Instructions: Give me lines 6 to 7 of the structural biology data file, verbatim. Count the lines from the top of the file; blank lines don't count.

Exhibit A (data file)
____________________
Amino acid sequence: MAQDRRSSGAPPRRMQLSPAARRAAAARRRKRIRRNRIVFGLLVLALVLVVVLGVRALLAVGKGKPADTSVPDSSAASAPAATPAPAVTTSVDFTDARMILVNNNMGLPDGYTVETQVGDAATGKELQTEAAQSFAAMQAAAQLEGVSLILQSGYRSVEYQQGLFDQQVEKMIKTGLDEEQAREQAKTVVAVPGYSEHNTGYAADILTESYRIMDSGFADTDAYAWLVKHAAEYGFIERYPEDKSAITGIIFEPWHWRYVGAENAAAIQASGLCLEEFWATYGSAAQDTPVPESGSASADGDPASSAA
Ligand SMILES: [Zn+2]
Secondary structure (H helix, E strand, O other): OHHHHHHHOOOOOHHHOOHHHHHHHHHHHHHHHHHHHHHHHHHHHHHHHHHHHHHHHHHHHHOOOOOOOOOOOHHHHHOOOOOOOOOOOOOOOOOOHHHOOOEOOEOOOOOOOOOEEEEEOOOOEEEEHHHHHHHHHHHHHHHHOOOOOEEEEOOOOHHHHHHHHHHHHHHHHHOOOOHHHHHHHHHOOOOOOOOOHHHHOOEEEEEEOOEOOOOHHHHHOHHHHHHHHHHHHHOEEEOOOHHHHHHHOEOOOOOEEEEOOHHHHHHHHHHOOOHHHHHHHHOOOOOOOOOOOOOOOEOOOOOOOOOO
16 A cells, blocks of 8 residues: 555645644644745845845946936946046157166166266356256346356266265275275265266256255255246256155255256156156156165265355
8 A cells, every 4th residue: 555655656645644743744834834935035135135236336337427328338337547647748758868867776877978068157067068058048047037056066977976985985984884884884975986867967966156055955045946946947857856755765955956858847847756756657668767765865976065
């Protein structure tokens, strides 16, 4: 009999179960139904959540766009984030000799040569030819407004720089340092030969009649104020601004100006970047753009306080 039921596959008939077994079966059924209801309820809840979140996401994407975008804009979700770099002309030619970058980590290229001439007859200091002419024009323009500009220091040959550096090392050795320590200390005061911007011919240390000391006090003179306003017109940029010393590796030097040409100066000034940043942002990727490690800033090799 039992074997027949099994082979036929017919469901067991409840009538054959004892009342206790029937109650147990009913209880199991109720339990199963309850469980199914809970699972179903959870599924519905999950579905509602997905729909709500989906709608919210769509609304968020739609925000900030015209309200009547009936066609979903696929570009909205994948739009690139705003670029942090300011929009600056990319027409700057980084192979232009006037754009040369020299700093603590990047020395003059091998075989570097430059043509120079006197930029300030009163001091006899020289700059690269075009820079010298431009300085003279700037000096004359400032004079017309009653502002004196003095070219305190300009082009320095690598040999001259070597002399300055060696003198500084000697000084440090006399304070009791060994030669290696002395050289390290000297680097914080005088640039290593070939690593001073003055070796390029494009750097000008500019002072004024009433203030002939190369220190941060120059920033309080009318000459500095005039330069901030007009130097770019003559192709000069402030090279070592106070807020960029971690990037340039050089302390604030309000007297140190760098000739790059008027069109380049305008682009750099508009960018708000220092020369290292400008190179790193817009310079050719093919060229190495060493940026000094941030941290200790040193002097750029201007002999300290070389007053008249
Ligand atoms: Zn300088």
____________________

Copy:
């Protein structure tokens, strides 16, 4: 009999179960139904959540766009984030000799040569030819407004720089340092030969009649104020601004100006970047753009306080 039921596959008939077994079966059924209801309820809840979140996401994407975008804009979700770099002309030619970058980590290229001439007859200091002419024009323009500009220091040959550096090392050795320590200390005061911007011919240390000391006090003179306003017109940029010393590796030097040409100066000034940043942002990727490690800033090799 039992074997027949099994082979036929017919469901067991409840009538054959004892009342206790029937109650147990009913209880199991109720339990199963309850469980199914809970699972179903959870599924519905999950579905509602997905729909709500989906709608919210769509609304968020739609925000900030015209309200009547009936066609979903696929570009909205994948739009690139705003670029942090300011929009600056990319027409700057980084192979232009006037754009040369020299700093603590990047020395003059091998075989570097430059043509120079006197930029300030009163001091006899020289700059690269075009820079010298431009300085003279700037000096004359400032004079017309009653502002004196003095070219305190300009082009320095690598040999001259070597002399300055060696003198500084000697000084440090006399304070009791060994030669290696002395050289390290000297680097914080005088640039290593070939690593001073003055070796390029494009750097000008500019002072004024009433203030002939190369220190941060120059920033309080009318000459500095005039330069901030007009130097770019003559192709000069402030090279070592106070807020960029971690990037340039050089302390604030309000007297140190760098000739790059008027069109380049305008682009750099508009960018708000220092020369290292400008190179790193817009310079050719093919060229190495060493940026000094941030941290200790040193002097750029201007002999300290070389007053008249
Ligand atoms: Zn300088």